The following media release was shared Wednesday by Jolt Texas:
TEXAS — “We Are Texas: An Analysis of Young Latino Voters in the Lone Star State” was released Wednesday October 17, 2018 and is one of the most in-depth analyses of Latino voters in Texas and sheds light on this key demographic constituency. “We Are Texas” was undertaken by Jolt Initiative in partnership with Ethnifacts and US-ness to better understand the values, issues, voting patterns and barriers to civic participation of one of the state’s largest and fastest growing demographic groups—young Latinos.
The health of our democracy and state hinges on an active and engaged citizenry. Young Latinos are the key to building a democracy and government equipped to meet the ongoing challenges and changes Texas faces. Today, one in two Texans under the age of 18 are Latino, and by 2022 Latinos will be the largest ethnic population group in the state.
“We Are Texas” researchers found that over the coming decade, over two million Latino citizens of the U.S. will reach voting age in Texas, representing half of the state’s new age-eligible voters. In just four years, one in three Texans eligible to vote will be under the age of 30 and a majority will be Latino. However, at present, just 43% of Latinos under the age of 30 are registered to vote. This represents a critical opportunity and challenge for all institutions interested in the civic health of Texas and America. Today, under half (46%) of Latinos meet both the age and citizenship requirements to vote, compared to 74% of Non-Latinos, however, the growth of Texas’ young Latino population will begin to reverse this trend.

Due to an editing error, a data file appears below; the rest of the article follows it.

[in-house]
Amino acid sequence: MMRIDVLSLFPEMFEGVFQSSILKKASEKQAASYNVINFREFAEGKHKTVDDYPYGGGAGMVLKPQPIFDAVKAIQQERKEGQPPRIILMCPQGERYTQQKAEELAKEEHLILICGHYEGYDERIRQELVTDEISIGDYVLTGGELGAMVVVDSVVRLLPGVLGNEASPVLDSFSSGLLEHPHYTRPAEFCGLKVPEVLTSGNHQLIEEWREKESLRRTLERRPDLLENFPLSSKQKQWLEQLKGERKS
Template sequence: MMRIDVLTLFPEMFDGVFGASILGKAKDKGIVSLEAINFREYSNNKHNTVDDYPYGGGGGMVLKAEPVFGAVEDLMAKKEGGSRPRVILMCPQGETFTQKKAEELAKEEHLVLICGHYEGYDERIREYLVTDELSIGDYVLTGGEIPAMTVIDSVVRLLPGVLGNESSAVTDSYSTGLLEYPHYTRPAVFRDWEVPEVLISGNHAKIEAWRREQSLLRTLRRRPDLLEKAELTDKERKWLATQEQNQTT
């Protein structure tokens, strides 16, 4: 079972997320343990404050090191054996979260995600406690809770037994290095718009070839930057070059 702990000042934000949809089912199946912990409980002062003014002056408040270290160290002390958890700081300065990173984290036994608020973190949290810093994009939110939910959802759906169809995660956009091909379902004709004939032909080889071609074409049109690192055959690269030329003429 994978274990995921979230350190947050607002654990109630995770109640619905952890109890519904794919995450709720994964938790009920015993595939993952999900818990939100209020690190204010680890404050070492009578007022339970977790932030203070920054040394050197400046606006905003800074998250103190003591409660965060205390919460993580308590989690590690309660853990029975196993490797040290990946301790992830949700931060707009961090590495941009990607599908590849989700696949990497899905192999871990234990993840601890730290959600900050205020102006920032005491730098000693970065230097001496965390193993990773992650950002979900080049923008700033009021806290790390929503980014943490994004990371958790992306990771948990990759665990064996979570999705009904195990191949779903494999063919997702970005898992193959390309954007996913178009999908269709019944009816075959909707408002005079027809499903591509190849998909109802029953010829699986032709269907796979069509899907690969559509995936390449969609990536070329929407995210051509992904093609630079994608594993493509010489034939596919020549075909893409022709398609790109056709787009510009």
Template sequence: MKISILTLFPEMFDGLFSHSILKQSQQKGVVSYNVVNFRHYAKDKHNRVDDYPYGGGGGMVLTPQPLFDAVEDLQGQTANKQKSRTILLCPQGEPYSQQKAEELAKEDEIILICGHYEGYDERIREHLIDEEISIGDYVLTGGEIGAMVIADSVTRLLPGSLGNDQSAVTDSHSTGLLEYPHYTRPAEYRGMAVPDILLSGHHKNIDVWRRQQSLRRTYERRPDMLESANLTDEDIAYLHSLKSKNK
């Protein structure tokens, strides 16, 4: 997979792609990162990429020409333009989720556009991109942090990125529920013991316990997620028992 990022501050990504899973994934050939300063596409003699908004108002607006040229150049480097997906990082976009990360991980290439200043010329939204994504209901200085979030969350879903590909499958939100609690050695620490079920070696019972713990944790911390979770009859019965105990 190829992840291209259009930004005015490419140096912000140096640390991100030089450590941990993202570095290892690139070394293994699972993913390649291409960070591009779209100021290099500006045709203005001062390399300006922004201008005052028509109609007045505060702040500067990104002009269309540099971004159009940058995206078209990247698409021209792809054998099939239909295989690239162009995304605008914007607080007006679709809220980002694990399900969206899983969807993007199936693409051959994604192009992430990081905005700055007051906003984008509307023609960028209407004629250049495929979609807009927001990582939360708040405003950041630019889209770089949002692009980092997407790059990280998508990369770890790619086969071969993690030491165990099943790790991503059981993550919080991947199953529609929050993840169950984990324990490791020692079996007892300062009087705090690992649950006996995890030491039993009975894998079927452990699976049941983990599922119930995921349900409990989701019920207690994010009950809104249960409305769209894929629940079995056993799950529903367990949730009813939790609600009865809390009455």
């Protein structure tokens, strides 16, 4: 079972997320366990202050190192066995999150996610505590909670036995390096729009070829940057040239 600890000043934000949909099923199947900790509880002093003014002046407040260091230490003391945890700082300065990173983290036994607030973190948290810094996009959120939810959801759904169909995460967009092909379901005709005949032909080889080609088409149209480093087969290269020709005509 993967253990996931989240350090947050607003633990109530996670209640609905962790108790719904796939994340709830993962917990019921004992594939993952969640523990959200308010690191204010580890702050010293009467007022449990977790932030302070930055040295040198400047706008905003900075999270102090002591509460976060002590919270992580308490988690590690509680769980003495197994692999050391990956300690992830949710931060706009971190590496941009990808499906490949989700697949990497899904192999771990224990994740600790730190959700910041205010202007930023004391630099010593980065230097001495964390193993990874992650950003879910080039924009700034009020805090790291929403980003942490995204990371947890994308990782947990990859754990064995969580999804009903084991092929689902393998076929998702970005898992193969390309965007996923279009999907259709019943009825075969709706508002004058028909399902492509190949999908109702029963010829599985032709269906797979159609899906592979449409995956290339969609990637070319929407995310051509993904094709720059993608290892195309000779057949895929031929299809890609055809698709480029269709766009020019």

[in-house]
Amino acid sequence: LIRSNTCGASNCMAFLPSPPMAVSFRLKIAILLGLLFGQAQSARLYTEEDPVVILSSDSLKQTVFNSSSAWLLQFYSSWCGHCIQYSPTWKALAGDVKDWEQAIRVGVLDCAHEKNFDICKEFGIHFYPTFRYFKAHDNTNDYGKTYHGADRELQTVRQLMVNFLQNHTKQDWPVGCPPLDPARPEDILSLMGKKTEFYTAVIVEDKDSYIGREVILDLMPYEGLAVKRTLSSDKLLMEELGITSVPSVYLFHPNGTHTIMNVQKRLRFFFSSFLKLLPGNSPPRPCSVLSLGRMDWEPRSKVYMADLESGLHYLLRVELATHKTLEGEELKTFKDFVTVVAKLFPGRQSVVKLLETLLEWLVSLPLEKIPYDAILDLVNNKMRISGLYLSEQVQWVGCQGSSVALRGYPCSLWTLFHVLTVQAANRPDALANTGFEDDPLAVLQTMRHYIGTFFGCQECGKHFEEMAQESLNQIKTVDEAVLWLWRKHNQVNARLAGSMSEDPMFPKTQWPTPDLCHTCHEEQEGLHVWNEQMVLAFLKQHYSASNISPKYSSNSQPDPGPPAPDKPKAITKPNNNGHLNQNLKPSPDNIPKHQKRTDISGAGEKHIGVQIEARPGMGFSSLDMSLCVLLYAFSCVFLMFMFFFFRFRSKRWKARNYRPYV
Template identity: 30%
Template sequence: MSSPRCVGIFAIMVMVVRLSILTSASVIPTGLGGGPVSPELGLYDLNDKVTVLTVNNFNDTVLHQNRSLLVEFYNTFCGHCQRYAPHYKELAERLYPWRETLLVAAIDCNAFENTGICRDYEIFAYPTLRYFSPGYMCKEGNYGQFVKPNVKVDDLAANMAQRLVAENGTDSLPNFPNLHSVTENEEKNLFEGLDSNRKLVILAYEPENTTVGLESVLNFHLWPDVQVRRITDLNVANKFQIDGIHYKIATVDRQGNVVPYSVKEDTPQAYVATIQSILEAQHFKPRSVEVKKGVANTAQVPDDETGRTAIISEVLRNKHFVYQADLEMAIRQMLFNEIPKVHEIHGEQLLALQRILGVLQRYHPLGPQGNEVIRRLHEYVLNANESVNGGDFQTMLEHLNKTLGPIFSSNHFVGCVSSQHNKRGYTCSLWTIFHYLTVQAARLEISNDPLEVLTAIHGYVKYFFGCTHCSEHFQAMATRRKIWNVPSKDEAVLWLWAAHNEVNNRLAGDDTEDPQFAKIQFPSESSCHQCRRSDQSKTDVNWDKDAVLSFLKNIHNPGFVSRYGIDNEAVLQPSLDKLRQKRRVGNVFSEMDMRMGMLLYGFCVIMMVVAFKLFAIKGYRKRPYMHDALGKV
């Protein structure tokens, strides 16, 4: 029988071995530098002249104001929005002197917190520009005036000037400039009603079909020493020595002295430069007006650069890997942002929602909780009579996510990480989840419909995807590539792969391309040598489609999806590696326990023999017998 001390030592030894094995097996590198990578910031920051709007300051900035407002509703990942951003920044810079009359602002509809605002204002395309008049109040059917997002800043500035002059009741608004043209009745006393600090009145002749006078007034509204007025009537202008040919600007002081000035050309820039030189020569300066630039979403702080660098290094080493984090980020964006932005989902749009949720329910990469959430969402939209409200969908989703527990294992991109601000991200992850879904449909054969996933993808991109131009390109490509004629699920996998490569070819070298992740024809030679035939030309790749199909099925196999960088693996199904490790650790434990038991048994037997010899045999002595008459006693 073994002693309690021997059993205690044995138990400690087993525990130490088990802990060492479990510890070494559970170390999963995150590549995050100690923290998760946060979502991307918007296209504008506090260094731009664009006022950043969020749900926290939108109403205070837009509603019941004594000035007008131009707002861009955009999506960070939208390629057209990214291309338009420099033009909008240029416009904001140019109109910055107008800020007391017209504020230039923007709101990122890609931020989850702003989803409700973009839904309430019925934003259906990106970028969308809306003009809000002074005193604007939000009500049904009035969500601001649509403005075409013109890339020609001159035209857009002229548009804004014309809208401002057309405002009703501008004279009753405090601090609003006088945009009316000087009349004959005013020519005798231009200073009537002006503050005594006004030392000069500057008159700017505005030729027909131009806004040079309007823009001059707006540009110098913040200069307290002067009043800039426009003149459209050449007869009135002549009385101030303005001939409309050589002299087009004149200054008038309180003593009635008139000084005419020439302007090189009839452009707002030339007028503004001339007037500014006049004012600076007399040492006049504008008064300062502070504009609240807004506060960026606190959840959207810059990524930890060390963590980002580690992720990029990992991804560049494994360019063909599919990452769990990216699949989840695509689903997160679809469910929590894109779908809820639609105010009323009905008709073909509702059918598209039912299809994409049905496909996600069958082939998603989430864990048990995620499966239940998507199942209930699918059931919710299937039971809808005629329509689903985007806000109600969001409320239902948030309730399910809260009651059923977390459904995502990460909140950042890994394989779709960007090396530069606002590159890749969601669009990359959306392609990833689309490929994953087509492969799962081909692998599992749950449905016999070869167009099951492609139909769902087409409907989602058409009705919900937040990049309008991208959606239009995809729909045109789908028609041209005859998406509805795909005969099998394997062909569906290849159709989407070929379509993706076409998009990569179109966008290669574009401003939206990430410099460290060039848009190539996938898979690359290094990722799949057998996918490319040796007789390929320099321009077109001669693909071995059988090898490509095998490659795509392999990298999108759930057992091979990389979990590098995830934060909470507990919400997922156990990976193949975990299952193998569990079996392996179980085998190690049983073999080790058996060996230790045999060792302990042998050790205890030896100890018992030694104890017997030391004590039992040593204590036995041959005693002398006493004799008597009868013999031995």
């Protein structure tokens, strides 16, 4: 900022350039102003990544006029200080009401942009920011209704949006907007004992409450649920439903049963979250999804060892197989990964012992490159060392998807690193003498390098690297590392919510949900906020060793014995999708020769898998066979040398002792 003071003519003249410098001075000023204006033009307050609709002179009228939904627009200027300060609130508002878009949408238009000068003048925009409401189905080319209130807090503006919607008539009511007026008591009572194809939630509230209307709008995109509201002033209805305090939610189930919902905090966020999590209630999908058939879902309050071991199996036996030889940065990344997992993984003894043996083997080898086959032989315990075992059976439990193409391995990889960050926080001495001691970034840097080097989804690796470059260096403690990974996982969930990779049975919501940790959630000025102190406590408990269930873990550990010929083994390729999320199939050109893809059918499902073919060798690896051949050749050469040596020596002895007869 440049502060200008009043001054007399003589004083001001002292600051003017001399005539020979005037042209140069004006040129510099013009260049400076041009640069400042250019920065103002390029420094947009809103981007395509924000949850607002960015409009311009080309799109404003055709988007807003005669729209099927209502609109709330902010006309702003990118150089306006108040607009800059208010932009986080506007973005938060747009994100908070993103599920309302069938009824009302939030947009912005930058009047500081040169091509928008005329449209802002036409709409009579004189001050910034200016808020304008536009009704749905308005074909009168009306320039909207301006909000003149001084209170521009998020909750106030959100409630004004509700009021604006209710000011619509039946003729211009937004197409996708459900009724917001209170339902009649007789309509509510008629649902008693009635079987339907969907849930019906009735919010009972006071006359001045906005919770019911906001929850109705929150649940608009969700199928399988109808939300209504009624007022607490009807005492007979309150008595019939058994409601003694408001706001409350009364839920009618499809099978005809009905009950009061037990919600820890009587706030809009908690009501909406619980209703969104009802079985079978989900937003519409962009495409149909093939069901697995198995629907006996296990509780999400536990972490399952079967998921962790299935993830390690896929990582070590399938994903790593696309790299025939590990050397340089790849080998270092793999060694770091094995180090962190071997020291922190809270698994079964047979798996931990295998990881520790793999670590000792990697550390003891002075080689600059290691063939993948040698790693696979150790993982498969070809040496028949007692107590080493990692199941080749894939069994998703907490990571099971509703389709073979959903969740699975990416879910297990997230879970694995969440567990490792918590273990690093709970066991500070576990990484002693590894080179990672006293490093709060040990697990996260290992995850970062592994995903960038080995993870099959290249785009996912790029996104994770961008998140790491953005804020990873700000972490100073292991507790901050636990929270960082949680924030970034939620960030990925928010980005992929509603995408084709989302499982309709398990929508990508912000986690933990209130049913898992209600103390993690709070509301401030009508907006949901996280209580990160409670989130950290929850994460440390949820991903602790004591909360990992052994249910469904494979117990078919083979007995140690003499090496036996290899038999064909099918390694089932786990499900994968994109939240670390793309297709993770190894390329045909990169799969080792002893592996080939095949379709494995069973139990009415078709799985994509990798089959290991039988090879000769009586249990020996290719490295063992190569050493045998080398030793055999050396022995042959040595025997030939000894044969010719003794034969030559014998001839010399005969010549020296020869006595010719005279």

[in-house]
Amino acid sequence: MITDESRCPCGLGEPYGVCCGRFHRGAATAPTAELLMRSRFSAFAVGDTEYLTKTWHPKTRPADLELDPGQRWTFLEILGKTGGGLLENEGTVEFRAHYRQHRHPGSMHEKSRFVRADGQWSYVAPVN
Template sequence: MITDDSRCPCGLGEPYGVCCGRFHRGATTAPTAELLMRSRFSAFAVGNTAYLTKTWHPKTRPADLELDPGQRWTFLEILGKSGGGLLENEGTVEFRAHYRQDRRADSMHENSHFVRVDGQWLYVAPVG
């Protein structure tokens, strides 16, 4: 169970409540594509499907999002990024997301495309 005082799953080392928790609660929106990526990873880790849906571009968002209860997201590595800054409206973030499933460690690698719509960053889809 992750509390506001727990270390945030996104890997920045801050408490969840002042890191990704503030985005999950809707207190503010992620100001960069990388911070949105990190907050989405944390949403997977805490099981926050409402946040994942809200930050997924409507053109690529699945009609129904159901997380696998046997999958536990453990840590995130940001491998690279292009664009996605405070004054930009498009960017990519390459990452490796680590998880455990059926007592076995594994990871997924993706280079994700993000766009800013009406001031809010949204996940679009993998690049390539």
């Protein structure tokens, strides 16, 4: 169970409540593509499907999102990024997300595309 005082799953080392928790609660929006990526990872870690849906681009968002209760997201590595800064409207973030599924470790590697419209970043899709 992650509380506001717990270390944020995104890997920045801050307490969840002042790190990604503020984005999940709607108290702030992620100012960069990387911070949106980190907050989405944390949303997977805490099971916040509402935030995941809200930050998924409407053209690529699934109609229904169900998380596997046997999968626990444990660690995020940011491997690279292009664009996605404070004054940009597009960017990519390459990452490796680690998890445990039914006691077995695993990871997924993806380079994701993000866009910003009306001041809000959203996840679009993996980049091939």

The study found that what Latinos cared most about are often considered “liberal” issues in fact the top issues included legalizing marijuana, expanding gun control, canceling student debt, raising the minimum wage and protecting the environment, among others. However,”We Are Texas” researchers found that healthcare for all and a pathway to citizenship for undocumented immigrants were the top two priorities for younger Latino voters in the state. Currently Latinos have the highest uninsured rate in Texas, and 62% of Latinos in Texas are immigrants or children of immigrants.
“Anyone that cares about this state and its future must read this report and take its recommendations seriously. Texas cannot solve any of the major problems that our state faces without the voices, experiences and issues of Latinos being fully represented in our government,” says Cristina Tzintzún Ramírez founder and executive director of Jolt Initiative.
Statistics show that Latinas are leading the way, especially among young voters. Latinas ages 18 to 24 are nearly 25% more likely to vote then Latino male counter-parts and 5% more likely to vote than their non-Latina female counterparts. “Personally, I think this must also become a call to action for Latino males of all ages to not be left behind,” says Dr. Carlos Arce.
“We Are Texas” offers not only concrete data about the challenges but sound recommendations for policy makers, political parties and philanthropic organizations to ensure greater voter participation among one of our state’s most important constituent groups.
This study is the result of nine months of research by Jolt Initiative, Ethnifacts, a survey research firm and US-ness an applied research firm, from primary and secondary sources. Secondary data was gathered from the Bureau of the Census Current Population Survey and the most recent data from the American Community Survey for the demographic character of Texas. Additionally, “We Are Texas” researchers conducted 1,016 surveys of Latinos ages 18 to 45 and 65 in-depth, open-ended personal interviews with select participants that represented the social, civic and geo-demographic diversity of Texas Latinos.
About Jolt Initiative
Jolt Initiative was founded in 2016 to increase the civic participation and leadership of young Latinos in Texas, with the goal of building a stronger democracy and state. Jolt Initiative focuses on registering young voters and building their leadership.
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